Code Signing

Code signing is only available on the Professional and Enterprise plans. You may create an organization to start a 7 day trial of the Professional plan.

Code signing is the process of digitally signing applications and scripts to confirm the software author and guarantee that the code has not been tampered since it was signed. This helps users and other software to determine whether the software can be trusted.

Since code signing is an important part of distributing an application to users, Equo provides an automated way to sign your application for every platform, and certify that it was actually created by your company.

Signing an Application with Equo

By default, Equo will automatically sign your installers and applications after you connect a Git repository to your application in the Equo Dashboard.

The only prerequisite is that you must first configure your organization certificate in the Equo Dashboard. That’s it; Equo will sign your applications automatically.

We are also working on a feature that will allow users to use our own certificates to sign their apps. Then you won’t need to configure any certificate at all to sign your application. Please contact us if you want to try this feature.

Signing an application from external CI/CD systems

Another alternative to sign your applications, libraries, and executables is by using the signing API that Equo provides from your own CI/CD infrastructure.


Before you can sign your software from your CI/CD infrastructure, make sure you have done the following:

  1. Configure an organization certificate

  2. Create an organization token

  3. Get the organization slug from your organization settings (you will need it when calling the signing API)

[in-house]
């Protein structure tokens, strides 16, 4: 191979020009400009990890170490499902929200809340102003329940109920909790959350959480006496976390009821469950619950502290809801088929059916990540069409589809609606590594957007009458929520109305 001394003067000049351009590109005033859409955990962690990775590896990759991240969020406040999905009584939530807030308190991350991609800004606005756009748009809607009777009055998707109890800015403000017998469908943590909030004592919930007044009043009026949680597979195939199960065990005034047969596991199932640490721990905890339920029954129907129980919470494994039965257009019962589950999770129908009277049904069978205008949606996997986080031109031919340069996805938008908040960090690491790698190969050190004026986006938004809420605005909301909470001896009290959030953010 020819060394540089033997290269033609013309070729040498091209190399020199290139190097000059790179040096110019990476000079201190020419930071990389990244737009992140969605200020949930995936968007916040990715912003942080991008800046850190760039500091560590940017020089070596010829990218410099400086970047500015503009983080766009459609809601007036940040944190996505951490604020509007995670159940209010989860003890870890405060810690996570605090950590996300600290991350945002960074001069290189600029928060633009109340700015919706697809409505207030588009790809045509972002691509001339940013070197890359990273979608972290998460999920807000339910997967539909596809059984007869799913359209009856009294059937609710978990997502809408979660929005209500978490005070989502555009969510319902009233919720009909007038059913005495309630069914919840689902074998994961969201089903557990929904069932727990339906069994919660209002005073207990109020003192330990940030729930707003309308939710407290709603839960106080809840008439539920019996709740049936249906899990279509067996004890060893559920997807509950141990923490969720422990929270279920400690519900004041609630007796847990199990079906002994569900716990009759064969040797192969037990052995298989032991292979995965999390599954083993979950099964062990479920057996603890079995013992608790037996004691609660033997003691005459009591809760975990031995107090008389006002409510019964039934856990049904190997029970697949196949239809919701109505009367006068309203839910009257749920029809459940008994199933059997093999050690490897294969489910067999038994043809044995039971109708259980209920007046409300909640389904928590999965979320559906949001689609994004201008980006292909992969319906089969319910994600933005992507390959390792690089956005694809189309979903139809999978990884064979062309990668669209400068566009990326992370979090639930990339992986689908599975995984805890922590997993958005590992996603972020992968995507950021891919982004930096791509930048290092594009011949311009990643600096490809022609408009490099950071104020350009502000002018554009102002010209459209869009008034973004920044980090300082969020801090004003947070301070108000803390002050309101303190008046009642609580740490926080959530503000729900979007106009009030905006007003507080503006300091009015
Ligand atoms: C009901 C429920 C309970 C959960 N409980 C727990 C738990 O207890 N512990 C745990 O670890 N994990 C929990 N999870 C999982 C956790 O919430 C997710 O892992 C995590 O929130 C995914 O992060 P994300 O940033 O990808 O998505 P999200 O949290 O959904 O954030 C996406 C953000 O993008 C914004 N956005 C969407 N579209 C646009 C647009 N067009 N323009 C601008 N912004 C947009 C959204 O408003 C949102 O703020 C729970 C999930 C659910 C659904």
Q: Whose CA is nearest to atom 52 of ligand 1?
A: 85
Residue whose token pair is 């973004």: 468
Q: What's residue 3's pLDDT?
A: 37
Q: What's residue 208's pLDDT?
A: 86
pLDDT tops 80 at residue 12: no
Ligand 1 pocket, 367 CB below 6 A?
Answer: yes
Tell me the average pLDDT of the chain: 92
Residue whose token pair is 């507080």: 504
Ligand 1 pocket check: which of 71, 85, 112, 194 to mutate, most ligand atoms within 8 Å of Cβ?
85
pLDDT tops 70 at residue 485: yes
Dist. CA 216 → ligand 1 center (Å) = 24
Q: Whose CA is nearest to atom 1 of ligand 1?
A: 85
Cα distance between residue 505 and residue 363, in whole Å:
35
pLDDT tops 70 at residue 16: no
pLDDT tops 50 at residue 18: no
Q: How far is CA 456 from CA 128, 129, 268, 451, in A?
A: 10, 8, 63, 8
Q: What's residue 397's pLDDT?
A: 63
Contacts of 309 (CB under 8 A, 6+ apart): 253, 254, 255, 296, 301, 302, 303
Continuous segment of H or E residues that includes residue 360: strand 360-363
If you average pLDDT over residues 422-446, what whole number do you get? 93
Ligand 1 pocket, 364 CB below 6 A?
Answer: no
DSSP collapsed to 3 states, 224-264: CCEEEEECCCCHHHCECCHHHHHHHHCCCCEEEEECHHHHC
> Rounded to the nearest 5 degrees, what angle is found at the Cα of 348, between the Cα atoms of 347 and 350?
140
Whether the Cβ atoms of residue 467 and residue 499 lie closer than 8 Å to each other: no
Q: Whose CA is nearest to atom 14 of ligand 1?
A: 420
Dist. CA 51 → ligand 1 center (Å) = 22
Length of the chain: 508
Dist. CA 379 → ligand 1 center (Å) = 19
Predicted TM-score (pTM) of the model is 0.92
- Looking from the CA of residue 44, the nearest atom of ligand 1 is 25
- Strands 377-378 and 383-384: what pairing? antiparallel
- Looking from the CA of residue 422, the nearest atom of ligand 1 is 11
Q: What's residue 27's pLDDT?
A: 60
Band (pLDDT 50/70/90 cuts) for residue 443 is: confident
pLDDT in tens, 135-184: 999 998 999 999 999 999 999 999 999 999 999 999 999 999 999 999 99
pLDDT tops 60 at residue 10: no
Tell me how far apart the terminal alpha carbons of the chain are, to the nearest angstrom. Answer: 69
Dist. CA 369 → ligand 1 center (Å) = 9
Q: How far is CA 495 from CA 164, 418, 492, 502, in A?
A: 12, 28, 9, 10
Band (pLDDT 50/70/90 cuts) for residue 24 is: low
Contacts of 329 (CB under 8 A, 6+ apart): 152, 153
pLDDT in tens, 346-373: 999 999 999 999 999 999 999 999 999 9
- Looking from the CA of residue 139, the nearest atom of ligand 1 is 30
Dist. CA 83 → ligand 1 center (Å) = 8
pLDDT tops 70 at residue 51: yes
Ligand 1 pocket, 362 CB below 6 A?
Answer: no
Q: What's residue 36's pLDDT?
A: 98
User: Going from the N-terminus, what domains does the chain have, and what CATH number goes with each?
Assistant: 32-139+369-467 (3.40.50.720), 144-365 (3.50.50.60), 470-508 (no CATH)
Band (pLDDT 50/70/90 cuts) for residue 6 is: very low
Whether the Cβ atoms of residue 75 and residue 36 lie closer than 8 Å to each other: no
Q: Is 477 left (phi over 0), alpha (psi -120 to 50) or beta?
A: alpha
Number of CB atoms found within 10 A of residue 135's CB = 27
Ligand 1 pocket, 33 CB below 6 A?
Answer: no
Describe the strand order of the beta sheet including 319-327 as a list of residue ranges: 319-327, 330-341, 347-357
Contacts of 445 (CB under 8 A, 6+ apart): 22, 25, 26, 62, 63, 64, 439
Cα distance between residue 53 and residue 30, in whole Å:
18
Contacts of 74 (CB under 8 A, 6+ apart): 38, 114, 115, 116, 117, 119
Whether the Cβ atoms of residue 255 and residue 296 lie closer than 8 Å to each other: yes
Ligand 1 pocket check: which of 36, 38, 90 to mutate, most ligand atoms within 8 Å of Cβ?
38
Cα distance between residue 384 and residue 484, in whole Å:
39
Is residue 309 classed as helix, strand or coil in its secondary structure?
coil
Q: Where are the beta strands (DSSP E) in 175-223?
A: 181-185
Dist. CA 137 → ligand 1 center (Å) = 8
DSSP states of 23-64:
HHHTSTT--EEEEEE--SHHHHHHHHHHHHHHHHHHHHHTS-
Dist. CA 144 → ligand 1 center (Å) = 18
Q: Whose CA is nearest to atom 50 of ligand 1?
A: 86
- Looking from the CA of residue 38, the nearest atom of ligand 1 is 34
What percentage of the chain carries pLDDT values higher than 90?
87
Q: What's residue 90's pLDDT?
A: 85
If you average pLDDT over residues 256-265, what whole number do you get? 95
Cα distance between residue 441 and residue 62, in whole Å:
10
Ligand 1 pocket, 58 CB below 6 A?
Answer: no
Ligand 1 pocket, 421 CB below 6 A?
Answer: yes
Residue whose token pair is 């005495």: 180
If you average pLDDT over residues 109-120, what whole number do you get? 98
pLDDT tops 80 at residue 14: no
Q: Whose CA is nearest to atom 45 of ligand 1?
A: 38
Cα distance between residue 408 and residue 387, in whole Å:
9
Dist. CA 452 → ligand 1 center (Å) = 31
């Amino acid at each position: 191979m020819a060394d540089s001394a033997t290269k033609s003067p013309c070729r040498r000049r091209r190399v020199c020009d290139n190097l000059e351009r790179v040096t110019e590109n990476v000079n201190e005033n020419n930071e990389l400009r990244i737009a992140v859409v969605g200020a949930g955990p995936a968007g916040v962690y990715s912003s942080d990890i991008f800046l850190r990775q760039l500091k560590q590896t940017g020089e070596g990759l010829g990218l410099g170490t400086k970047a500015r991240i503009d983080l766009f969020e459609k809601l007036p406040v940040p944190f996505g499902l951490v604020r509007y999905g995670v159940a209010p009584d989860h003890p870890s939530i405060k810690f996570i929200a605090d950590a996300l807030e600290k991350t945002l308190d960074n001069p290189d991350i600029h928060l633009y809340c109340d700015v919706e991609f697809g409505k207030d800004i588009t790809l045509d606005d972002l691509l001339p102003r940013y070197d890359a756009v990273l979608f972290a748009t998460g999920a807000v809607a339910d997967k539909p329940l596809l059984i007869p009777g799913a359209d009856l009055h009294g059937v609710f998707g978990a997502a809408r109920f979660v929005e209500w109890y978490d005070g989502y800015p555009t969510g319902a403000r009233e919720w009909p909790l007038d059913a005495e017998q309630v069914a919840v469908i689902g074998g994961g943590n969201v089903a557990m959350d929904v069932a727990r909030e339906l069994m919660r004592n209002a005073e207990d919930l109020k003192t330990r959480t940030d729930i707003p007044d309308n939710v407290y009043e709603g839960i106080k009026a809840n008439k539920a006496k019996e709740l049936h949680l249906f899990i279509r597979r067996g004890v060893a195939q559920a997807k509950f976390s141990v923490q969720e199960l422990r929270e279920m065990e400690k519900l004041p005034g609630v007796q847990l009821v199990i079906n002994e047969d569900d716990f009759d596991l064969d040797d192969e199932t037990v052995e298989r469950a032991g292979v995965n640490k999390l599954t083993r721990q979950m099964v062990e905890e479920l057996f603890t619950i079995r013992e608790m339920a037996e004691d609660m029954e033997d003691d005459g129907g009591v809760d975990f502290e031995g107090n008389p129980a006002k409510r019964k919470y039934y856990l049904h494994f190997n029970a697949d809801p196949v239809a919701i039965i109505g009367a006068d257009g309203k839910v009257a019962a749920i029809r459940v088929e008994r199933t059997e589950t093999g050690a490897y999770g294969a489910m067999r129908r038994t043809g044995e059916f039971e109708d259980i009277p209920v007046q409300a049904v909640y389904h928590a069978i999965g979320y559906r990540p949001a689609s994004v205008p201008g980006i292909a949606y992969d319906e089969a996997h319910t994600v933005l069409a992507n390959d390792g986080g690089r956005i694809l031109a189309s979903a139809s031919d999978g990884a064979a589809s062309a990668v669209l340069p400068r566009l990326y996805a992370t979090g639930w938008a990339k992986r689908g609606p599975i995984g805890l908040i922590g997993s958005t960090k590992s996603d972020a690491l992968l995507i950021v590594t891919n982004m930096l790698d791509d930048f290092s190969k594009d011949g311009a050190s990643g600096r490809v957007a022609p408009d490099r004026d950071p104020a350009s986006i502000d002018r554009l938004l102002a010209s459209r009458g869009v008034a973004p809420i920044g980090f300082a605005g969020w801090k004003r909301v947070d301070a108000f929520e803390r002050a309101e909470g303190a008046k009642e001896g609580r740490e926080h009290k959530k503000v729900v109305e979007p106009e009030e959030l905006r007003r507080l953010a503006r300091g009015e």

Signing an Application Using the Equo API

Once you have configure a certificate and token for your organization, you can use the code signing API that Equo provides to sign your software.

With the code signing API you can sign applications, libraries, executables, and scripts. You just need to make a call to the code signing API with the file of your software, like it’s shown below:

curl -v -H "Authorization: Bearer $TOKEN" -F file=@/Users/home/Downloads/sample.jar -o signed-jar.jar

The previous example shows how you can sign a jar file calling the signing API. You can also sign executables, binaries, and other libraries.

The $TOKEN parameter is the token you created for your organization, which is needed to authenticate with the Equo API.

If you are signing a macOS application, it’s a good idea to define an entitlements file. An entitlement is a right that grants an executable particular capabilities. For further information about entitlements check out the official Apple documentation.

The API call which signs a macOS application would be:

curl -v -H "Authorization: Bearer $TOKEN" -F -F entitlements=@path/to/entitlements/entitlements_file.xml -o
macOS .app applications are actually directories, then you can’t sign a directory. In order to sign a .app application you first need to compress it (i.e. as a zip file), and use the compressed file in the API call.

Notarizing an Application Using the Equo API

The Notarization process gives users more confidence that the signed software you distribute has been checked by Apple for malicious components. The following API call shows how to notarize your macOS software using the Equo API:

curl -v -H "Authorization: Bearer $TOKEN" -F -o
Beginning in macOS 10.14.5, software signed with a new Developer ID certificate and all new or updated kernel extensions must be notarized to run.